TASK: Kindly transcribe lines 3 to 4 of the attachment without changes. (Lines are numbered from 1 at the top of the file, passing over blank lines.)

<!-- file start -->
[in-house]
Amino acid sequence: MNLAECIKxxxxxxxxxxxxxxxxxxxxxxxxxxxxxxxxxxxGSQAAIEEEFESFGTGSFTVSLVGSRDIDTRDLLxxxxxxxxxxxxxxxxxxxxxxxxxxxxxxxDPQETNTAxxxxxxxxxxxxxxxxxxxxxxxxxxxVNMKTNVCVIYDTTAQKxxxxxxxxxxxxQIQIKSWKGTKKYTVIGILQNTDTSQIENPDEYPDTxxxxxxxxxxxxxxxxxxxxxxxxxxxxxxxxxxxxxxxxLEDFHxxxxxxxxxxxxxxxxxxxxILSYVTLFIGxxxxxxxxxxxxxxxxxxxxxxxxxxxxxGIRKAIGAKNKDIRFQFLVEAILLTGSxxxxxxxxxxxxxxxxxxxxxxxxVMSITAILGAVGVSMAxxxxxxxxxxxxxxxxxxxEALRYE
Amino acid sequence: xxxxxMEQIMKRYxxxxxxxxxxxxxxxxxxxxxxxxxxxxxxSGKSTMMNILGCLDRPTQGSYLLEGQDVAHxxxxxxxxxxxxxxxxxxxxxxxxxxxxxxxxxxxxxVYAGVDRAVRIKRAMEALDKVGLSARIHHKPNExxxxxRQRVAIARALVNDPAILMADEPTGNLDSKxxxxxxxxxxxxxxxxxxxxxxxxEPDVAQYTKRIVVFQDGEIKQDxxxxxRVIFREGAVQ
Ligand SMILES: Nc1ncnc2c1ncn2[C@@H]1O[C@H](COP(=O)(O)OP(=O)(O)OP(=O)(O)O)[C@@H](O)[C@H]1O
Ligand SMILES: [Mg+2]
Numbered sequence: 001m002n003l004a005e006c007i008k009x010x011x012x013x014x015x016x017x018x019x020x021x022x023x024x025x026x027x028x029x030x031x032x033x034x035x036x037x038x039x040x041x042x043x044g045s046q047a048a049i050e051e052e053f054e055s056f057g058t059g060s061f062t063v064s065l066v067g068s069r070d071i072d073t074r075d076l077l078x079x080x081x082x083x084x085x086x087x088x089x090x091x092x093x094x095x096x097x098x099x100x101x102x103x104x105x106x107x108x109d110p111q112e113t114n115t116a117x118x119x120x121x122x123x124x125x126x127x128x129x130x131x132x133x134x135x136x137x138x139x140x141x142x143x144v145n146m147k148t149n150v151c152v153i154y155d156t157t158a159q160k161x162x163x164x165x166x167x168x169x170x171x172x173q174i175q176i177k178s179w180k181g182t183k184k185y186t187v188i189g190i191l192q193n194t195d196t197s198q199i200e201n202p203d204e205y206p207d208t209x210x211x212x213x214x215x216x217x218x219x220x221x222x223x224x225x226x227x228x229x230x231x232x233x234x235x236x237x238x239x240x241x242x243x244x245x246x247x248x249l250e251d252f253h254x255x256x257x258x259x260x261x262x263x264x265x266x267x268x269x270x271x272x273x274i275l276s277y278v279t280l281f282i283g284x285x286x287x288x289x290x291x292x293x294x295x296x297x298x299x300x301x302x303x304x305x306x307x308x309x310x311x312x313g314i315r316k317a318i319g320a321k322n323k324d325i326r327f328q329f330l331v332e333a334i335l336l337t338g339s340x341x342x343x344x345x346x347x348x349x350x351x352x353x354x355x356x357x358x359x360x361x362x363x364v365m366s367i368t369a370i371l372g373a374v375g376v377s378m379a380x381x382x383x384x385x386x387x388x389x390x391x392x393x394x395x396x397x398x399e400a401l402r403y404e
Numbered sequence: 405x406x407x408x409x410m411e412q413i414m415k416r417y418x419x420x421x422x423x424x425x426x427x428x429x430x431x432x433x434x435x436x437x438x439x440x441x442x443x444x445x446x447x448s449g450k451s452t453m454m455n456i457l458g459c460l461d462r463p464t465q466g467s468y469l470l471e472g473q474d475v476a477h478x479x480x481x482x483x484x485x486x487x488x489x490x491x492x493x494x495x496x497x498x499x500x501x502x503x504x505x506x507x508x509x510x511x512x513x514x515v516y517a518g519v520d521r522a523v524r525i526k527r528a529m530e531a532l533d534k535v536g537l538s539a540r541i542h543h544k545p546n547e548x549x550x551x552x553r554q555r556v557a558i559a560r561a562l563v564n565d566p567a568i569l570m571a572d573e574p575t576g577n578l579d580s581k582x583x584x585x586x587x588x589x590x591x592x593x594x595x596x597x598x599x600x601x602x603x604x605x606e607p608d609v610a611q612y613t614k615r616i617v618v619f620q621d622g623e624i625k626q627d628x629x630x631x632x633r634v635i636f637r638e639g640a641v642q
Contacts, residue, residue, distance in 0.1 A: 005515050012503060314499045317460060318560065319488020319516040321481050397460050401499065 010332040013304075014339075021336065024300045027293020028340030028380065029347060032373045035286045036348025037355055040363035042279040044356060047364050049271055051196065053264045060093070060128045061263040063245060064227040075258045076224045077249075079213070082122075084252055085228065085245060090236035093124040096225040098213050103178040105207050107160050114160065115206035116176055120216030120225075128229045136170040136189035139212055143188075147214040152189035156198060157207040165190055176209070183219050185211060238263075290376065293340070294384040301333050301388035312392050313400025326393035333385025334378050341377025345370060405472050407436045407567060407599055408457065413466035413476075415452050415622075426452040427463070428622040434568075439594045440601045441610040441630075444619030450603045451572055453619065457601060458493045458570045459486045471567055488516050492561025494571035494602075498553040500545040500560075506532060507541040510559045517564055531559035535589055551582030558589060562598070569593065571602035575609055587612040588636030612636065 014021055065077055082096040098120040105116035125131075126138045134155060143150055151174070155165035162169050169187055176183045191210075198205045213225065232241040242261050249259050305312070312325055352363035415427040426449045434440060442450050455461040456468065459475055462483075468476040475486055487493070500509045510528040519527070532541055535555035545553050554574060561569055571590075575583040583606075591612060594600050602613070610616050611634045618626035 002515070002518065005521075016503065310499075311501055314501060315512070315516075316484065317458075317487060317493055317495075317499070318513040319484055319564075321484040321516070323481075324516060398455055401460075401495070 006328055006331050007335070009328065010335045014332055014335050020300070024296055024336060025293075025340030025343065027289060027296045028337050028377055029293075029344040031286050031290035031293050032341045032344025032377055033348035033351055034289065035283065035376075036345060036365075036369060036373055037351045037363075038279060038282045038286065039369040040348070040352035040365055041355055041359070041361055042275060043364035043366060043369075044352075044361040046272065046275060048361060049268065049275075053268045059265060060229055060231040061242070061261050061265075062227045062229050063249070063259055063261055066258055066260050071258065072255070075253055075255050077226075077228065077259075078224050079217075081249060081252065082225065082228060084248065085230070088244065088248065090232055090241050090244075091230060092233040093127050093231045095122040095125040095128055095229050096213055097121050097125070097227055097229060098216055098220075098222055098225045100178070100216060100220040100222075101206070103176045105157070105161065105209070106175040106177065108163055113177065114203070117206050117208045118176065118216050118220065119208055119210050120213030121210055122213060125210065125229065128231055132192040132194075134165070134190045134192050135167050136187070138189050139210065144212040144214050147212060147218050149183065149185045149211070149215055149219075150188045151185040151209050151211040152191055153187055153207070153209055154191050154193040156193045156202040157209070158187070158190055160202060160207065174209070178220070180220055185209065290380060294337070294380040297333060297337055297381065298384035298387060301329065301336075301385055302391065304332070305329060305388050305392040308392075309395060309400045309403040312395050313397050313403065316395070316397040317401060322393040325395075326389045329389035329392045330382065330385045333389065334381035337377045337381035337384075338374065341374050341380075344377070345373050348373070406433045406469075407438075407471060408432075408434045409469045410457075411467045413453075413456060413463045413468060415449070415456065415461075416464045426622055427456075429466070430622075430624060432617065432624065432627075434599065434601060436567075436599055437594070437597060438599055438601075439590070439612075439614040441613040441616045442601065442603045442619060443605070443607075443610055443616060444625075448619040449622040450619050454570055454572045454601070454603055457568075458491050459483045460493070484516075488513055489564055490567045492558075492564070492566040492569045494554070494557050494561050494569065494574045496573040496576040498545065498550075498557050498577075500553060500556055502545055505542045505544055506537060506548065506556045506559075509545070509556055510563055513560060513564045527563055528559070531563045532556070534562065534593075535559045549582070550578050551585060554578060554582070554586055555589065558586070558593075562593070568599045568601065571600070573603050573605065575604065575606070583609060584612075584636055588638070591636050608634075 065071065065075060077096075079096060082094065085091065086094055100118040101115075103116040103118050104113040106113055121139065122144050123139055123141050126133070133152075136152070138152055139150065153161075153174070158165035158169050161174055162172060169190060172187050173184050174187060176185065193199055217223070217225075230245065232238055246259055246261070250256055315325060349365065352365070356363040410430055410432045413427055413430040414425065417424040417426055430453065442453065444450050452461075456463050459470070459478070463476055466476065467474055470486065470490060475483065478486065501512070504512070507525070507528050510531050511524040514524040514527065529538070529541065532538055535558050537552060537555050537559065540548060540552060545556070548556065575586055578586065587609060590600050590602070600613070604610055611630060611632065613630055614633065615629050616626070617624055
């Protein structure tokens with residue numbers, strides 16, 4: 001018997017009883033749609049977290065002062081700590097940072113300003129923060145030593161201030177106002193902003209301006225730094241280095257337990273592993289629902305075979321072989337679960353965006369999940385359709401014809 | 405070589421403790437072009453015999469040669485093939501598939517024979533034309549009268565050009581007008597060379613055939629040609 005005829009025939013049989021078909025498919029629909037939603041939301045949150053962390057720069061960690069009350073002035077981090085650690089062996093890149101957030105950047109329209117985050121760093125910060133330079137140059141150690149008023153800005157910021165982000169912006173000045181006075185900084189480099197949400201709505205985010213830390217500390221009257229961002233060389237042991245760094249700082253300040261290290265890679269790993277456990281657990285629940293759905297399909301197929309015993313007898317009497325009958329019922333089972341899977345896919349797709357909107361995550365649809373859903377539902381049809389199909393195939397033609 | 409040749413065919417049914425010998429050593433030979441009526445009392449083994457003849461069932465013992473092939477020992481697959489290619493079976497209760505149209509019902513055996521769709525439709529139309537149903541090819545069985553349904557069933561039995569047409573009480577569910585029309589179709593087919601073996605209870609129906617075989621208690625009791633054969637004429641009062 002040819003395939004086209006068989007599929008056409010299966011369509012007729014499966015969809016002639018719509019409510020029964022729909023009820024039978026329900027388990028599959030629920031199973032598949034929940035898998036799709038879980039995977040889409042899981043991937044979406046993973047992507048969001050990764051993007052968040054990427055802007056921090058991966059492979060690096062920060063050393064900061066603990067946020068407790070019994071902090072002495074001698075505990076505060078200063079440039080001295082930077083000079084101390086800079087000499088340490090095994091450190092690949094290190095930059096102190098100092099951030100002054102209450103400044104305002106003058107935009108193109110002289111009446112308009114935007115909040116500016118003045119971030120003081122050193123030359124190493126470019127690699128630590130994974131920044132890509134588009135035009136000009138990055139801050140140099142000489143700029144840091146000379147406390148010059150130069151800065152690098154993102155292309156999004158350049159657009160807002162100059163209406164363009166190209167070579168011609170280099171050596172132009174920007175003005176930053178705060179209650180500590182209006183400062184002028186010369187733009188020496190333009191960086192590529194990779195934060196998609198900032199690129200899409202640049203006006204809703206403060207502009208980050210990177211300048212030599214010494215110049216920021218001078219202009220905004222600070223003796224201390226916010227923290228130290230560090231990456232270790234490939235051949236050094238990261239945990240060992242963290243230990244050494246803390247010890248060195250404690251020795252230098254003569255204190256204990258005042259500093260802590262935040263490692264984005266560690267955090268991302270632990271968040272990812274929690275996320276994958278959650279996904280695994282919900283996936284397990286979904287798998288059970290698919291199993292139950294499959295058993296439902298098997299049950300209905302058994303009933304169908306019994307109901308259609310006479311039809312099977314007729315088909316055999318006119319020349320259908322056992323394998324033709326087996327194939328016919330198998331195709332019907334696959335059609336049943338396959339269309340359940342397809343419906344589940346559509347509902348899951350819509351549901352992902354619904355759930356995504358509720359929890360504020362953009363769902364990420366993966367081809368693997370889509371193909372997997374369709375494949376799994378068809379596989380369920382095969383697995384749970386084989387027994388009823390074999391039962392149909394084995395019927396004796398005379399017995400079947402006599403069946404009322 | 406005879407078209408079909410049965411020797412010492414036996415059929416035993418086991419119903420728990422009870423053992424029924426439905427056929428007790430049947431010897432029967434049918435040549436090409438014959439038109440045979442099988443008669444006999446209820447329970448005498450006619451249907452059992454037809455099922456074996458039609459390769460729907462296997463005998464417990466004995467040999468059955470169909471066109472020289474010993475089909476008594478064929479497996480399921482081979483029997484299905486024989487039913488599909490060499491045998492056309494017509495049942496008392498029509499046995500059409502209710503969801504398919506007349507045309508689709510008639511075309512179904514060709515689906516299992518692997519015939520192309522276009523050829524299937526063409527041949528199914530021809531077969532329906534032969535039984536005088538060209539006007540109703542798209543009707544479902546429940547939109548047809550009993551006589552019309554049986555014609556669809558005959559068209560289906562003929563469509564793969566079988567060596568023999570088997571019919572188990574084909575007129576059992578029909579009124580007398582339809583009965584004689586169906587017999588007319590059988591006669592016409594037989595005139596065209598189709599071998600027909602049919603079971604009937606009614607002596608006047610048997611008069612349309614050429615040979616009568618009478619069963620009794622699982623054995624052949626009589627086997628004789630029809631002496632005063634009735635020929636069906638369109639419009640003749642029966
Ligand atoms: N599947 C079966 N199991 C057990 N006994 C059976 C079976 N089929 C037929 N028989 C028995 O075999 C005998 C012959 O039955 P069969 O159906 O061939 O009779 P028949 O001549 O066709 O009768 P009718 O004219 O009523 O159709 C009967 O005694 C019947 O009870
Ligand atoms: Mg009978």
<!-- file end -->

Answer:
Amino acid sequence: xxxxxMEQIMKRYxxxxxxxxxxxxxxxxxxxxxxxxxxxxxxSGKSTMMNILGCLDRPTQGSYLLEGQDVAHxxxxxxxxxxxxxxxxxxxxxxxxxxxxxxxxxxxxxVYAGVDRAVRIKRAMEALDKVGLSARIHHKPNExxxxxRQRVAIARALVNDPAILMADEPTGNLDSKxxxxxxxxxxxxxxxxxxxxxxxxEPDVAQYTKRIVVFQDGEIKQDxxxxxRVIFREGAVQ
Ligand SMILES: Nc1ncnc2c1ncn2[C@@H]1O[C@H](COP(=O)(O)OP(=O)(O)OP(=O)(O)O)[C@@H](O)[C@H]1O